The conventional wisdom is that products that have a strong established base of users can often trump higher-quality alternatives. But recent research suggests otherwise.
Why does the free Linux operating system not make more headway against Microsoft Windows? Why does Apple still only sell a minority of the personal computers in the United States despite its devoted followers and the runaway success of its iPad, iPhone and iPod? One answer involves what economists call network effects — a term that refers to the additional benefits that accrue to a product or its accessories with an increasing number of users. For example, far more programs run on Microsoft Windows than on Linux.
In economics, the conventional wisdom is that network effects can and often do overwhelm quality considerations, enabling early market entrants to dominate a market even with inferior products. The classic example is the success of the QWERTY keyboard over the supposedly superior Dvorak keyboard. Some economists have argued that new consumers choose their brand primarily on the direct or indirect benefits accruing from the network of current users, rather than solely from the intrinsic quality of the brand.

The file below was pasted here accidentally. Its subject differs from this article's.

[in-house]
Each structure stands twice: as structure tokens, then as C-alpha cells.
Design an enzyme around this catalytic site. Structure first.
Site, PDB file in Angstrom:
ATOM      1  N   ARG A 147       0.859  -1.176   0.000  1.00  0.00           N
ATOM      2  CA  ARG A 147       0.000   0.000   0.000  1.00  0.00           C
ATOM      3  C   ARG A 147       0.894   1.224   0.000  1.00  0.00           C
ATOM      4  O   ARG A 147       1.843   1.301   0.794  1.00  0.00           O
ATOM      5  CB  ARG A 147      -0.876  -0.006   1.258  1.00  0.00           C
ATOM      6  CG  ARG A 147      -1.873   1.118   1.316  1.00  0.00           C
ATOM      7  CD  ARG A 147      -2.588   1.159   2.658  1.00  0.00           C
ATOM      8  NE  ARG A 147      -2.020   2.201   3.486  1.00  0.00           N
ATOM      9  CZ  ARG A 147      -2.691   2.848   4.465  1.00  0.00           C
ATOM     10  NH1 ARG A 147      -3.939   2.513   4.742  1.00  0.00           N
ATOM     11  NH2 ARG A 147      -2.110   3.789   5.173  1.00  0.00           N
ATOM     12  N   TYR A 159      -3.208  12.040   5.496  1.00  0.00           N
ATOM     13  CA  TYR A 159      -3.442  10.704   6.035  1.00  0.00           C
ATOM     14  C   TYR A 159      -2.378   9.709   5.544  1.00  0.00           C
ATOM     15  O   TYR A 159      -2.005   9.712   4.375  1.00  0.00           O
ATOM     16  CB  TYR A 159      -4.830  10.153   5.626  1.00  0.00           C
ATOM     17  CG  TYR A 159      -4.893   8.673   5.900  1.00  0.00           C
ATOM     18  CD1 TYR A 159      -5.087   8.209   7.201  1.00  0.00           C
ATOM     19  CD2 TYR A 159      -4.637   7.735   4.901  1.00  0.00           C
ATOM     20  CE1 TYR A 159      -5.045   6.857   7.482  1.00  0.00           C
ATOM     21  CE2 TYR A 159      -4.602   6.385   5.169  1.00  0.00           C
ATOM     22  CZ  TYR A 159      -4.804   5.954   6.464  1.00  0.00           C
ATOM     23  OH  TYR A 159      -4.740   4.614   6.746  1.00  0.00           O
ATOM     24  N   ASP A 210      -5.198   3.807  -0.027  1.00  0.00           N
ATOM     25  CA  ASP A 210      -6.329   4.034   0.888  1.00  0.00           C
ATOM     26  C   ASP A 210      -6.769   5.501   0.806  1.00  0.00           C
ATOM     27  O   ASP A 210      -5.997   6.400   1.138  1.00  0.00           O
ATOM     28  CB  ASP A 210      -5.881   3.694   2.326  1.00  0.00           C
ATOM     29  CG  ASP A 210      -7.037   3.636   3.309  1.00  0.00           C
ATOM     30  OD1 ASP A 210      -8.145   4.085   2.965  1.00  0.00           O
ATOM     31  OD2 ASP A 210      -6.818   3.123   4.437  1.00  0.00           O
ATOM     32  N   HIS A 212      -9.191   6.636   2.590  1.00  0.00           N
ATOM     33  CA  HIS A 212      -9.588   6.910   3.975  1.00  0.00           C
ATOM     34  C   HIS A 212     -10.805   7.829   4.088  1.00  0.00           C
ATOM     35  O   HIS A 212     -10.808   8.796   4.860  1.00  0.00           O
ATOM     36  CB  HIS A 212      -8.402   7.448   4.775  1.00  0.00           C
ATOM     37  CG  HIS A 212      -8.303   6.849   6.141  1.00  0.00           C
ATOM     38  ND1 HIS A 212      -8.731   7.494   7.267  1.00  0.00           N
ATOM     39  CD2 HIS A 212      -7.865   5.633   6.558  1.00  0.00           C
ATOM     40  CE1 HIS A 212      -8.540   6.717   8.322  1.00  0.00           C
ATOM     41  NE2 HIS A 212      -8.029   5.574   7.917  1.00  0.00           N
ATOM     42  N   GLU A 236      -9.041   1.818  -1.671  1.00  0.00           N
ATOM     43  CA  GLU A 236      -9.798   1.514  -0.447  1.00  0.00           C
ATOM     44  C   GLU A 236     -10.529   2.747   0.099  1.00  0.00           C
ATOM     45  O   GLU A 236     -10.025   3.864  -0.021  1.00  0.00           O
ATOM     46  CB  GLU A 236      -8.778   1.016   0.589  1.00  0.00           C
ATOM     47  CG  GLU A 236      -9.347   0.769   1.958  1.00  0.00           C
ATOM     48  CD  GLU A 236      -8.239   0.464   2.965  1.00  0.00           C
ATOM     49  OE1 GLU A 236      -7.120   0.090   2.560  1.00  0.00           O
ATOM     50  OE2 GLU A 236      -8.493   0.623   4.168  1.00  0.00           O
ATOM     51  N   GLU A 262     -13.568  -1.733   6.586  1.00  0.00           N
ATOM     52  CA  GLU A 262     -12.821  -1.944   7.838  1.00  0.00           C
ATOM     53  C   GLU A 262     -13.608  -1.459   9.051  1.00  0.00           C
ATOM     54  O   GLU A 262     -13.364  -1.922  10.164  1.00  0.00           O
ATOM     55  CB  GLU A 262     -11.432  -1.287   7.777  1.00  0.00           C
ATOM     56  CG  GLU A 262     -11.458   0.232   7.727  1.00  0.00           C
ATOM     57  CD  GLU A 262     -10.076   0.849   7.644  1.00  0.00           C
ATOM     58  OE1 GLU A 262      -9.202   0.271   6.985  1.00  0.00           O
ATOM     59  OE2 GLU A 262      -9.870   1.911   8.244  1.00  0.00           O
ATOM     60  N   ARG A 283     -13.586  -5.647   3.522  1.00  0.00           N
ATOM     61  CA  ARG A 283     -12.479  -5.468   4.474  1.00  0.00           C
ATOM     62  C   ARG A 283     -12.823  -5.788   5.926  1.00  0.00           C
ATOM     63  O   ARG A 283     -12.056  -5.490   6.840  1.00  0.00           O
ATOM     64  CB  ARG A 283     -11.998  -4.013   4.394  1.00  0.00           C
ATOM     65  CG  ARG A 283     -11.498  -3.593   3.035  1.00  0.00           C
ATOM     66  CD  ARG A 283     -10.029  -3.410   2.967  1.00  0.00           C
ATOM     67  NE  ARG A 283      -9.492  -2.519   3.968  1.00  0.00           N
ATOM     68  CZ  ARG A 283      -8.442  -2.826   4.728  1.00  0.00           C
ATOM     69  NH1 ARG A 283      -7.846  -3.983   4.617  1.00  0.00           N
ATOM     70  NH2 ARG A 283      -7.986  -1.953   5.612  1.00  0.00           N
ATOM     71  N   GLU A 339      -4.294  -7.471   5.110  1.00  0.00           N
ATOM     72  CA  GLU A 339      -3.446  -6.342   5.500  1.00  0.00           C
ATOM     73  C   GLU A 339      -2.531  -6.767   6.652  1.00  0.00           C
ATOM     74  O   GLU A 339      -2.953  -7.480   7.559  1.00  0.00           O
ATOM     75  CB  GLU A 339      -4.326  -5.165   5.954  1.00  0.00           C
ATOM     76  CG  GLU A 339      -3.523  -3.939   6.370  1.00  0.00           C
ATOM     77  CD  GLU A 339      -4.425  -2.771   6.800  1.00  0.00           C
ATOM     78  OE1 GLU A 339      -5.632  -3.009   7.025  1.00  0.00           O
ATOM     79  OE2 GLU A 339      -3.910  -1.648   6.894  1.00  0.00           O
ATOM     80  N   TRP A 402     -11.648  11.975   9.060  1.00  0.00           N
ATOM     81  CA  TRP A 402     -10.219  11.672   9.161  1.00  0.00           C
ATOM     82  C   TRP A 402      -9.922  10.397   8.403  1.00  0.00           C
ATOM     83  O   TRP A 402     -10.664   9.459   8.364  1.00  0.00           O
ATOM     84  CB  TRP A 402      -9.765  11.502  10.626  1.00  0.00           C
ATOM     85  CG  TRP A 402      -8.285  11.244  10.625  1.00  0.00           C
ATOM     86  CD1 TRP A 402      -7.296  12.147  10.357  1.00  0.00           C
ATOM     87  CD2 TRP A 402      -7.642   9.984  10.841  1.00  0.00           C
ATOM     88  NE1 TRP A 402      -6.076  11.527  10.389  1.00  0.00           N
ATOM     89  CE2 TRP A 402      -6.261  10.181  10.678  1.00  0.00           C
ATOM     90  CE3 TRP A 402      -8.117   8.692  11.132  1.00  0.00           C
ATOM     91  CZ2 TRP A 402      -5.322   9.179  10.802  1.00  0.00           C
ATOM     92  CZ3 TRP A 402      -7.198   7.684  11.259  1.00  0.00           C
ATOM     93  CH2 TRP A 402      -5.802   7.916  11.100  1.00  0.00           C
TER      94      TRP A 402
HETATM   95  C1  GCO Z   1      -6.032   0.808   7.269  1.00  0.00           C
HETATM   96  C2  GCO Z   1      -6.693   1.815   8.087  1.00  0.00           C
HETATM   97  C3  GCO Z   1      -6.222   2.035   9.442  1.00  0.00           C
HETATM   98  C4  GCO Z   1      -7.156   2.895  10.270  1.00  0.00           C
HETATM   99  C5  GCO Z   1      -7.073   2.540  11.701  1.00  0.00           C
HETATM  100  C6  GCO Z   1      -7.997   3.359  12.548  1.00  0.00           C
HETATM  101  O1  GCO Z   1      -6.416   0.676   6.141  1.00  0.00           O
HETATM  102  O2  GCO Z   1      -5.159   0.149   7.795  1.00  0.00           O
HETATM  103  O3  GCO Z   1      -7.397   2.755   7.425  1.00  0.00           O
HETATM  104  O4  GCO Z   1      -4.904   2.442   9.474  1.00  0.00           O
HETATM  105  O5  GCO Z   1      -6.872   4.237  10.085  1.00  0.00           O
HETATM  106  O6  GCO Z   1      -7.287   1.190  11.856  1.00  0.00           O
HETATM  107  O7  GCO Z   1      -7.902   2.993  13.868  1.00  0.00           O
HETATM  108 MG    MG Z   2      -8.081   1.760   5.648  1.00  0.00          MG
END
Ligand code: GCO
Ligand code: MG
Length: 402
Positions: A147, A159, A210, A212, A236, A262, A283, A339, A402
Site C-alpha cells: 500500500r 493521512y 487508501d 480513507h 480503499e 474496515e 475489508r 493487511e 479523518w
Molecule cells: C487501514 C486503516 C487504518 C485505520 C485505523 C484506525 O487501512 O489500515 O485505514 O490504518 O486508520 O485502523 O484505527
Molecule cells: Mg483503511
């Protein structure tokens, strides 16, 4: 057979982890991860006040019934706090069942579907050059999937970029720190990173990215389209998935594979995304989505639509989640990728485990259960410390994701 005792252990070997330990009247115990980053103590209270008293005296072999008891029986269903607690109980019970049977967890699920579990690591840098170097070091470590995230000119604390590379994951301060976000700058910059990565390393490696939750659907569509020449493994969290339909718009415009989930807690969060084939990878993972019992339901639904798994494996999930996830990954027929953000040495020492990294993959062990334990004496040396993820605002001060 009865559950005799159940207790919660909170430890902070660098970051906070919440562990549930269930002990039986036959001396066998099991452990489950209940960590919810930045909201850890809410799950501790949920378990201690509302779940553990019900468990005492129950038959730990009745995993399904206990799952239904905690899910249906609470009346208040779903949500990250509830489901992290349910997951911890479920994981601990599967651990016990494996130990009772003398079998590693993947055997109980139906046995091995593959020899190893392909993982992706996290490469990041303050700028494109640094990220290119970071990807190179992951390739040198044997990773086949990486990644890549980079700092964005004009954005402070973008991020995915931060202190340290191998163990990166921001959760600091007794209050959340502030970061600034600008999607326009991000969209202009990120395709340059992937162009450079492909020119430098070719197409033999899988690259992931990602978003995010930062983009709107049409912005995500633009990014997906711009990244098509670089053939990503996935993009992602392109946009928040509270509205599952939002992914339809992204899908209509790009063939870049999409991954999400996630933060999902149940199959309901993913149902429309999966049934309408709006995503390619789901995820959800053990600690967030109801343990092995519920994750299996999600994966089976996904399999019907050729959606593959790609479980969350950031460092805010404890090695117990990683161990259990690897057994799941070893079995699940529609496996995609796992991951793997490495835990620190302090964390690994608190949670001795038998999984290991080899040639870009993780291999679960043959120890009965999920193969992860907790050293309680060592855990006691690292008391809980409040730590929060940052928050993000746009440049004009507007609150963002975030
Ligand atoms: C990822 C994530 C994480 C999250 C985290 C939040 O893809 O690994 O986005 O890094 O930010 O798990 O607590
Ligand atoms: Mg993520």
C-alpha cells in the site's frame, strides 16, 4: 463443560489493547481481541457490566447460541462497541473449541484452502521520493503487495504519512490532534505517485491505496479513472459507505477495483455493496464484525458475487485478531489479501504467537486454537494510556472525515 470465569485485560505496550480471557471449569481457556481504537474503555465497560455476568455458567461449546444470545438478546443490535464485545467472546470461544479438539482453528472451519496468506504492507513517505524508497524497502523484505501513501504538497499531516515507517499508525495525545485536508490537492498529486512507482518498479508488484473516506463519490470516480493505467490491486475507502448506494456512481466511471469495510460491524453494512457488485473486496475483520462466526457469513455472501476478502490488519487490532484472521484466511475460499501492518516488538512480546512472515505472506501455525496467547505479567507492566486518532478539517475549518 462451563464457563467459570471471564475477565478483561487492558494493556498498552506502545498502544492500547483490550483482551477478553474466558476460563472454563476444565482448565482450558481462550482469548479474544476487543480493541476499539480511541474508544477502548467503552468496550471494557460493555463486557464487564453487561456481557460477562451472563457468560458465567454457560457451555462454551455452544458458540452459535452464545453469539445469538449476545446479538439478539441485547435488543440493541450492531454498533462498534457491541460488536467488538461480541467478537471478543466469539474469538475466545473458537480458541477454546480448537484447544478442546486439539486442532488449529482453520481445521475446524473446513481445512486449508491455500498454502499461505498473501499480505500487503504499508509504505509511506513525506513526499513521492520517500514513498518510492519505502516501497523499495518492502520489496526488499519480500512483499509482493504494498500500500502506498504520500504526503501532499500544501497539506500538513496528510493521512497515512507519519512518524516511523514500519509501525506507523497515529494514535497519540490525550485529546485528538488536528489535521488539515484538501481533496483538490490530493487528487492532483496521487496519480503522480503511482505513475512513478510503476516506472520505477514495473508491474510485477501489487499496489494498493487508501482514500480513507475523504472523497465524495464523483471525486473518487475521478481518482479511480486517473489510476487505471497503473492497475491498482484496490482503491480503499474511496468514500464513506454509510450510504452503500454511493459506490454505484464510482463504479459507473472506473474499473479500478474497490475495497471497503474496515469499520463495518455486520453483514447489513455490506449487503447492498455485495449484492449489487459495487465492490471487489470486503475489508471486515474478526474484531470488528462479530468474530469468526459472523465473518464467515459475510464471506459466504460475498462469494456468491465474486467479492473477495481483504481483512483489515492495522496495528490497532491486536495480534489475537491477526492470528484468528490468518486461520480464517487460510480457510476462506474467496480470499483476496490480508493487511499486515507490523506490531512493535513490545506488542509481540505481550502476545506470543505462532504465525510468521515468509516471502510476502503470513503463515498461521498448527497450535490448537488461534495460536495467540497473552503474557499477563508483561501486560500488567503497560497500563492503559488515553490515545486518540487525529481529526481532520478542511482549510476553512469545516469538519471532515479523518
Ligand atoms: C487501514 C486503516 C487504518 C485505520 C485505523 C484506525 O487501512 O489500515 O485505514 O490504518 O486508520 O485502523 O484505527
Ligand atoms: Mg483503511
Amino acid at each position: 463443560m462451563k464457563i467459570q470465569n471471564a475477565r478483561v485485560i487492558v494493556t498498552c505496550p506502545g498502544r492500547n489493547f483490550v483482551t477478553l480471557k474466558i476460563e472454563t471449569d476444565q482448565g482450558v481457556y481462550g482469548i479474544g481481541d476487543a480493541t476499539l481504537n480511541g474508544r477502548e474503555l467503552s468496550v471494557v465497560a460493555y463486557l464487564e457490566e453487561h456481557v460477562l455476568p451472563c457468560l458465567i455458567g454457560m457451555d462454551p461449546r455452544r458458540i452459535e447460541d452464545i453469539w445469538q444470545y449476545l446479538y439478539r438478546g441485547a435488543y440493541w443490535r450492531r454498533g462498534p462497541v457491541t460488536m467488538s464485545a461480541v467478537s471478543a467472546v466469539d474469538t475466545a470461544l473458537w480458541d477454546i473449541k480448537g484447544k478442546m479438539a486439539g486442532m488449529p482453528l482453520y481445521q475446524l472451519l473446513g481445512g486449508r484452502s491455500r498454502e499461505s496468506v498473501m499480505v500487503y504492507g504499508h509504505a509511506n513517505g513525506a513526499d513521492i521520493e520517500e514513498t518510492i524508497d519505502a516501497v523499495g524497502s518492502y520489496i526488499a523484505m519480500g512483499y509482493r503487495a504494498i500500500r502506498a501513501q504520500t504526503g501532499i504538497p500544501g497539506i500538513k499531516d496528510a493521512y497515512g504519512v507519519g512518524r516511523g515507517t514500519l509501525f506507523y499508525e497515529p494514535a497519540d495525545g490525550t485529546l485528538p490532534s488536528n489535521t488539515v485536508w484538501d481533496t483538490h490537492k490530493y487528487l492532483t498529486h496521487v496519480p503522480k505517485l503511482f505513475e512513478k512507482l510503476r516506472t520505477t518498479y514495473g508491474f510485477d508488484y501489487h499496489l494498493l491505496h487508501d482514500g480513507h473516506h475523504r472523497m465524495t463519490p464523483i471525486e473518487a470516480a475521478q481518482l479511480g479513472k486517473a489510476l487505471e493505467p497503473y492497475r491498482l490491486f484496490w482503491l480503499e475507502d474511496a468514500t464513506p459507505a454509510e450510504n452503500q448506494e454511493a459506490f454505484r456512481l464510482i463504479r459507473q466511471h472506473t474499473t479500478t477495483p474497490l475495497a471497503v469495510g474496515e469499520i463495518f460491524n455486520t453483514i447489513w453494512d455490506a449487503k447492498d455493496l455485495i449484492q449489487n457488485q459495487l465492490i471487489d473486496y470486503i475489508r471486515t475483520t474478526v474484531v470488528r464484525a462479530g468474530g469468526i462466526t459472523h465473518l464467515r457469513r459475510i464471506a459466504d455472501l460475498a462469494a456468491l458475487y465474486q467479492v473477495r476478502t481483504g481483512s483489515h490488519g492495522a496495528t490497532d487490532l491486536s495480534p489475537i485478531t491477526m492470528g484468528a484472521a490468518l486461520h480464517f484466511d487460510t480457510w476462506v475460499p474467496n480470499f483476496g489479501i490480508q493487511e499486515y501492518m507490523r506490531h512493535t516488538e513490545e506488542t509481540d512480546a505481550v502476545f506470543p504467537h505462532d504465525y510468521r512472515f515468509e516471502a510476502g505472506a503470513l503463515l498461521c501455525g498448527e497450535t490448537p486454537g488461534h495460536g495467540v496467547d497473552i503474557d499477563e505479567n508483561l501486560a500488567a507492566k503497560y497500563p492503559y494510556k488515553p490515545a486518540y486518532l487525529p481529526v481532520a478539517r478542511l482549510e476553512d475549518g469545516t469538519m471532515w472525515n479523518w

However, based on our historical analysis of 19 markets for technology hardware, software and services in the 1980s and 1990s, we found that while network effects do affect market share flows, quality prevails. In our study, we defined quality as a composite of the brand attributes (such as reliability, performance and convenience) that customers valued. We then derived our measure of quality from the reviews in four of the most respected and widely circulated computer magazines of the time. We selected the personal computer products and services markets because these markets are supposed to exhibit strong network effects. Yet we found that not only did quality prevail in these markets, but network effects enhanced the role of quality. In other words, network effects drove customers to quality and superior brands.
How Quality Wins
If network effects were dominant, an early entrant would dominate a market, and there would be no subsequent changes in market leadership. But in the markets we studied, there were frequent changes in market leadership:
- The average duration of market leadership ranged from 5.5 years in operating systems to as short as two years in Web browsers.
- The average duration for market leadership in the markets we studied was only 3.8 years.
- In 10 markets, there were multiple switches in market share leadership.